Bob's Friday Ride
Deryle & Wanda Mehrten
We have two guys in Southeastern Arizona who like to organize and
lead a “Friday Ride.” Craig Littlefield living in Tucson has a distribution
list of folks
in the Tucson area, and Bob Muller has a distribution list of folks
living south of Tucson - Sonoita, Patagonia, Sierra Vista, etc.
They both have a couple of favorite routes that
include a coffee stop or two and at least one major meal, usually a
breakfast for the Tucson riders and a brunch for the southern
This past Friday Bob invited us to meet at Mustang Corners and ride
over to Sunizona for a late breakfast/early lunch. Based on past
experience there could be three to five bikes meet up for a loop
around SE Arizona. Usually only one or two bikes would be two up
with their significant other. This Friday it turned out to be four
bikes, three two up. Good to see the ladies make the ride.
Bob and Marianne ride a nice R12GS; Bob and Karen ride an older
R1150GS; Wanda and I ride a slant motored K1200GT; and Bob rides his
K1200LT alone. We are all in the second half of our journey though
life, so although we consider ourselves spirited riders, we duff
along most of the time. Probably for the best.
The first leg of our route would take us across Hwy 82 to Hwy 80.
About half way to Hwy 80 we crossed the San Pedro River at
Fairbanks, an old ghost town that is being preserved by a local
historical group. It’s a good stop where you can enter some old
buildings constructed in the early 1900s, or hike along the river
which is usually underground unless there has been some recent rain.
Heading south on Hwy 80 we rode through Tombstone and down to Davis
Road. Davis Road is a semi-twisty road that has a speed limit of 55
mph. Most riders do closer to 65 or 75 as there is a lot of forward
visibility and very few side roads. A few manmade hazards are
planted along the way - a couple of the high speed sweepers have a
cattle guard either at the start of the turn or the end. It’s good
to know where they are and to cut straight across them. Not sure
why ADOT does this.
Some 22 miles from Hwy 80 Davis Road’s only stop sign is at the
Central Road junction. Turning north on Central we rode along some
older farm land that has been lying fallow for a bunch of years.
Not all the farms out here have survived the drought that been
around for a bunch of years.
It’s only a couple of miles up Central Road to Elfrida and Hwy 191.
Hwy 191 is the main drag through Sulphur Springs Valley and runs all
the way to the Canadian border. Lots of traffic coming and going
between all the small towns on this piece of the highway. During
harvest times there can be a lot of tractors and hay haulers.
Our lunch destination was Sunizona and the newly re-opened Sandy’s
Restaurant and RV Park at the junction of Hwy 191 and Hwy 181. The
food was OK and the service was good. Chewing the fat with friends
can make even the most mundane location a wonderful stop. We’ll
stop here again.
The next stop would be the Espresso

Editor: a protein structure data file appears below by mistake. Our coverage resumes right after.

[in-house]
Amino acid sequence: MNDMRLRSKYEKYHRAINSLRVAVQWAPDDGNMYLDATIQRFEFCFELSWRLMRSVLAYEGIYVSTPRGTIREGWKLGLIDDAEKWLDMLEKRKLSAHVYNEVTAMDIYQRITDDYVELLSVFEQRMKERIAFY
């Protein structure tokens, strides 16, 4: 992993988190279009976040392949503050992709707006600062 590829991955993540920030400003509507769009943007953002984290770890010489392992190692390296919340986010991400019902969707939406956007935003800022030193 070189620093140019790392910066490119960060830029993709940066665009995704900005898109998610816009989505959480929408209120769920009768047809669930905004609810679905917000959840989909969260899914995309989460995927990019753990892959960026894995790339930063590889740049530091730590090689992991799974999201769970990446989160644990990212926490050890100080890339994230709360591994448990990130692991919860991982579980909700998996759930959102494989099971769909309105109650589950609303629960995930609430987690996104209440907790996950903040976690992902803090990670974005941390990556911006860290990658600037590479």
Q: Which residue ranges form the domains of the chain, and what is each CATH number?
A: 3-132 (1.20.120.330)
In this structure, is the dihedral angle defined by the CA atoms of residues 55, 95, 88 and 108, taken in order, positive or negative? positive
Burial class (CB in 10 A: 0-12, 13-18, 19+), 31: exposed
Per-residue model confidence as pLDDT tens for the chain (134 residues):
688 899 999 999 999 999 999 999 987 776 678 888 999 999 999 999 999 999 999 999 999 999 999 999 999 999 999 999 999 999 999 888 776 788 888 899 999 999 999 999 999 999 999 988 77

in Willcox on Rex Allen Drive. Rex Allen was the last of the
singing cowboys and lived in Willcox until his untimely demise - his
girl friend backed over him with his station wagon. He was in his
80s. There’s a nice park with a statue of Rex Allen right across
from the Rex Allen Museum. Wanda and I have stopped here many
When we left Sunizona we took the long way around on Hwy 181 that
joins up with Hwy 186. Most every time I take 186 around to the
Chiricahua Monument entrance there is at least one wash crossing the
road that is flowing. You can see the washes coming by the line of
trees that snake across the desert. And, yup, the first wash had
about 4 to 6 inches of water flowing. We had no problem crossing
and it did wash the bugs off the toes of my boots.
Each of us had planned to gas up in Willcox. Turns out the extra 30
or so miles to Willcox by taking Hwy 181 through Dos Cabezas wasn’t
accounted for by Bob and Karen. About 2 miles from Willcox Bob
coasted to a stop, out of gas. After 10 or 15 minutes of fiddling
with a plastic siphon hose to no avail, Bob and Marianne rode into
Willcox and bought a gas can and a gallon of gas. The rest of us
stood beside the road and kicked tires and told tales
The coffee shop in Willcox is an antique shop as well. It takes all
of 5 minutes to see all the old pieces and “collectibles.” I found
the old male cat that came out to visit with us on the porch the
most interesting piece of the shop. His ears were pretty chewed off
and he walked with an “I’m the Boss” swagger. We enjoyed our coffee
The route home would take us back south on Hwy 186 then south on
Kansas Settlement Road. There are several fruit and nut orchards
along the way and Wanda and I have helped bottle wine at a vineyard
off of Kansas Settlement Road a few years back. There is also a
dairy farm that if the wind is coming your way…you will smell it
before you see it.
The old Kansas Settlement General Store burned down some 6 or 8
years ago. A couple of rusty out-of-service gas pumps and a power
pole mark the site. Coming home from northern Arizona this past
year Wanda and I stopped on the old hardstand and watched the
Horseshoe II fire flare up on the Chiricahua Mountains. Little did
we know that when we came into Sierra Vista that same day we would
see the beginnings of the Monument Fire that sent a lot of people
packing, including several of our friends. Fires are scary!
We would backtrack most of the route we took coming, - Hwy 191 down
to Elfrida and Central to Davis and Hwy 80. In Tombstone we split
up. Bob and Marianne would continue through Tombstone and turn west
on Hwy 82 and to their home in Sonoita. Bob and Karen, LT Bob and
Wanda and I would take Charleston Road over to Sierra Vista and
home. With the heat wave we’re having and the good company of Bob,
Bob and Bob (and their lovely wives), it was a most excellent ride.